Cities large and small across the country are utilizing redevelopment powers to become land developers, transforming underutilized areas into desirable commercial and mixed use enclaves, improving the appearance of the city and shoring up sagging tax bases. In using their eminent domain powers to assist private redevelopers, local governments open themselves to Fifth Amendment claims that these projects aren’t for “public uses.” After the U.S. Supreme Court opinion in Kelo v. City of New London, state and local government officials need not worry about federal courts declaring anytime soon that their economic redevelopment projects aren’t a sufficient ‘public use’ to justify condemning one person’s property for another unless the taking can be proved nothing but a sham, a naked pretext for wresting land from one private owner for the exclusive benefit of another. For the usual run of redevelopment projects, the requisite public use can be found either because the taking eliminates blight or proceeds from a comprehensive plan for redevelopment.
This paper begins with a recap of the Kelo Court’s attenuated endorsement of comprehensive planning as a way of determining whether a taking of unblighted property qualifies as a public use. Then, the paper sketches the varying ways that states have defined blight to limit the use of eminent domain for redevelopment. Blight prevention was a rationale invoked by supporters of the federal urban renewal program to secure judicial approval in the 1930s and 1940s. Those projects were quite different from most redevelopment projects undertaken after the abolition of the federal program in 1974 and the paper describes the main differences. The blight standard makes less sense under most current types of redevelopment than it did under the early federal renewal programs because blight eradication is rarely what today’s redevelopment projects aim to achieve.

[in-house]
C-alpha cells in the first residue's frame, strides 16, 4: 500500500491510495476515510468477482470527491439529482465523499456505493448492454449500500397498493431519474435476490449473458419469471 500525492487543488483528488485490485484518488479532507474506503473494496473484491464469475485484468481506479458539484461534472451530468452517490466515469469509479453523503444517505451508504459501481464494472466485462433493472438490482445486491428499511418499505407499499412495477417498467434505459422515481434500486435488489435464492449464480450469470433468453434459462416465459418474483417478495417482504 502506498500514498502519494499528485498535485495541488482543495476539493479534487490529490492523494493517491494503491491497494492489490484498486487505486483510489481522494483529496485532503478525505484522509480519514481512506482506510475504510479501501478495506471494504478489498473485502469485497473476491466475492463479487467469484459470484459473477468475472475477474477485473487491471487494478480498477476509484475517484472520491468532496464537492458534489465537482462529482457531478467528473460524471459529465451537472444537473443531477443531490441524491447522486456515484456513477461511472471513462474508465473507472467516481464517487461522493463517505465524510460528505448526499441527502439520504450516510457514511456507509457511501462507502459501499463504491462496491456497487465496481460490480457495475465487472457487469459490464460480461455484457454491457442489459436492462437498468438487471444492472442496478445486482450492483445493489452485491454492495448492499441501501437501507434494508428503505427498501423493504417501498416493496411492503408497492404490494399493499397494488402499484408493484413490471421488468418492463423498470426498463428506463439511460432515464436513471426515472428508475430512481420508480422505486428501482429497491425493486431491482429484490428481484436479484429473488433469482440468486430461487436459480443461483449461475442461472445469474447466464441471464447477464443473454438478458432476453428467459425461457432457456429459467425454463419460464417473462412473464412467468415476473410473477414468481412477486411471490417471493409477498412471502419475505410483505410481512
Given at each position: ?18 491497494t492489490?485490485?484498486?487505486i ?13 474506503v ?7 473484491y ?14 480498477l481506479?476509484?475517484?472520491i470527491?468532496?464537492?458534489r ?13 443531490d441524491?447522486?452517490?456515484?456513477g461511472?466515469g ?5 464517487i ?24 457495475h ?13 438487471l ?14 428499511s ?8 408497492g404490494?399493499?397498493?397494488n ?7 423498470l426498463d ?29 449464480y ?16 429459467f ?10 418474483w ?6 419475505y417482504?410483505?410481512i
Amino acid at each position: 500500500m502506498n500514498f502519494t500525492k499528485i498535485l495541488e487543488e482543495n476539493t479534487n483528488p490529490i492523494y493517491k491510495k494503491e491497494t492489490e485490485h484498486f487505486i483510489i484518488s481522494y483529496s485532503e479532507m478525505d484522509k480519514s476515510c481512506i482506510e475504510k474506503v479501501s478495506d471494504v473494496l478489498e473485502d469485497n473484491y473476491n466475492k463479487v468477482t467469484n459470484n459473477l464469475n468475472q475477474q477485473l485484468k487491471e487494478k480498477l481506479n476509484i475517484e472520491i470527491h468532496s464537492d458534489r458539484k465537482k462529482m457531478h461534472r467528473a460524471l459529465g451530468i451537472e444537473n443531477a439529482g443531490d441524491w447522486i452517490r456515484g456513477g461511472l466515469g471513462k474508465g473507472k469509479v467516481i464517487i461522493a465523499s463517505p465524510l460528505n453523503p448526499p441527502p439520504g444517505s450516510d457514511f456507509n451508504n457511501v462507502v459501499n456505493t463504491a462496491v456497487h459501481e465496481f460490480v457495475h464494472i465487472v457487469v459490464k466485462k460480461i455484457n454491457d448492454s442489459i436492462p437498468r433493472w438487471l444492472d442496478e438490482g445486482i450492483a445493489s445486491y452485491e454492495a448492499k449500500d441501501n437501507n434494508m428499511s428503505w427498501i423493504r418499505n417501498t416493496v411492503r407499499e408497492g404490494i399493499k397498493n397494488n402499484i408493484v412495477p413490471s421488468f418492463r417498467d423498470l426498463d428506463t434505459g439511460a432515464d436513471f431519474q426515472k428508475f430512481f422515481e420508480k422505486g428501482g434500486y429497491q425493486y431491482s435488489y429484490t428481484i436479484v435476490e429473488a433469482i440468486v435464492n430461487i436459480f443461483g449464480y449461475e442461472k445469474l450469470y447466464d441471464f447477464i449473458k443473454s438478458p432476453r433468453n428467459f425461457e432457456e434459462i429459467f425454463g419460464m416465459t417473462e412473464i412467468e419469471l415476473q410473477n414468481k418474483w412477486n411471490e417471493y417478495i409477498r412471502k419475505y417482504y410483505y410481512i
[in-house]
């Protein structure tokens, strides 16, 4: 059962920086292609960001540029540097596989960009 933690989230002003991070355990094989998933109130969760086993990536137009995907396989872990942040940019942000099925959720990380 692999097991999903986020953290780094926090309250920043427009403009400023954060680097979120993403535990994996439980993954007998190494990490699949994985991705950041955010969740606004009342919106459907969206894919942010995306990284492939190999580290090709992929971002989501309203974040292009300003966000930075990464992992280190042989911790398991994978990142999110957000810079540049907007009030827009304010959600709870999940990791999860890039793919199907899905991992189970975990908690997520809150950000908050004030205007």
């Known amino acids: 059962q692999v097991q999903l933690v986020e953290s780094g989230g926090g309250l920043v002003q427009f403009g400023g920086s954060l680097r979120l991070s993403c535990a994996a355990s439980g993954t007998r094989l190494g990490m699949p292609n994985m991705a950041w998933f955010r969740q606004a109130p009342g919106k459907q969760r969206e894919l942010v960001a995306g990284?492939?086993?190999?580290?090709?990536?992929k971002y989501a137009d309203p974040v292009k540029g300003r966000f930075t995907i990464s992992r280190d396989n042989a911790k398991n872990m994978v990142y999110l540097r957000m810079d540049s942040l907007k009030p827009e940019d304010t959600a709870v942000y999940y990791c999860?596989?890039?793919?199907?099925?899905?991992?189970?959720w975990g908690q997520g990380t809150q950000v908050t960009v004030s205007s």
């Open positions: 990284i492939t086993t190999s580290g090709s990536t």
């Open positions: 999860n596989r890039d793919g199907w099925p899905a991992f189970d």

In the final section, the paper compares planned efforts at improving the quality of life in the community with ‘spot’ redevelopment aimed solely at pumping up local tax receipts. Objectionable redevelopment enables a favored private firm (often a big retailer) to expand by acquiring land from unwilling neighboring owners. Kelo and some of the Kelo-inspired, state-enacted reforms, would lead courts to prohibit such takings. They don’t serve a public use because they are meant simply to assist a particular private firm with its expansion plans in order to enhance the local tax base. The concluding section of the paper suggests how redevelopment agencies could reformulate their narrowly focused tax-motivated projects to comply with the new emphasis on redevelopment planning articulated in Kelo.
Constitutional Law | Housing Law | Land Use Planning | Property Law and Real Estate
Date of this Version
George Lefcoe, "Redevelopment Takings After Kelo: What's Blight Got to Do with it?" (March 2008). University of Southern California Legal Studies Working Paper Series. Working Paper 20.